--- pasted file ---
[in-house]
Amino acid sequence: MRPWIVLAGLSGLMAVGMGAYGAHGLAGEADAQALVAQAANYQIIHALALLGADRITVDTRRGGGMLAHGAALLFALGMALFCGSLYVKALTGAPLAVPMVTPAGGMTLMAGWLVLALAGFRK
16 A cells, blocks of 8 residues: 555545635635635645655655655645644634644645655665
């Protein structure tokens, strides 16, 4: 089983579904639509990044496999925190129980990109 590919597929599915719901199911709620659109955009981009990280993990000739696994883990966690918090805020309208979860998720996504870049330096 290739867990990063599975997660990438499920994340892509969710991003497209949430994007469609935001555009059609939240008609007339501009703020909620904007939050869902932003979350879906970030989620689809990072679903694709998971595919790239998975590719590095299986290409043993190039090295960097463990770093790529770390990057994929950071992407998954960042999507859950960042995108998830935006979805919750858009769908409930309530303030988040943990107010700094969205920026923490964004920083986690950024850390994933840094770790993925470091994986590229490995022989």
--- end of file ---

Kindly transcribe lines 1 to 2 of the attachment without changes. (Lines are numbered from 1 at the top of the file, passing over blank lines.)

[in-house]
Amino acid sequence: MRPWIVLAGLSGLMAVGMGAYGAHGLAGEADAQALVAQAANYQIIHALALLGADRITVDTRRGGGMLAHGAALLFALGMALFCGSLYVKALTGAPLAVPMVTPAGGMTLMAGWLVLALAGFRK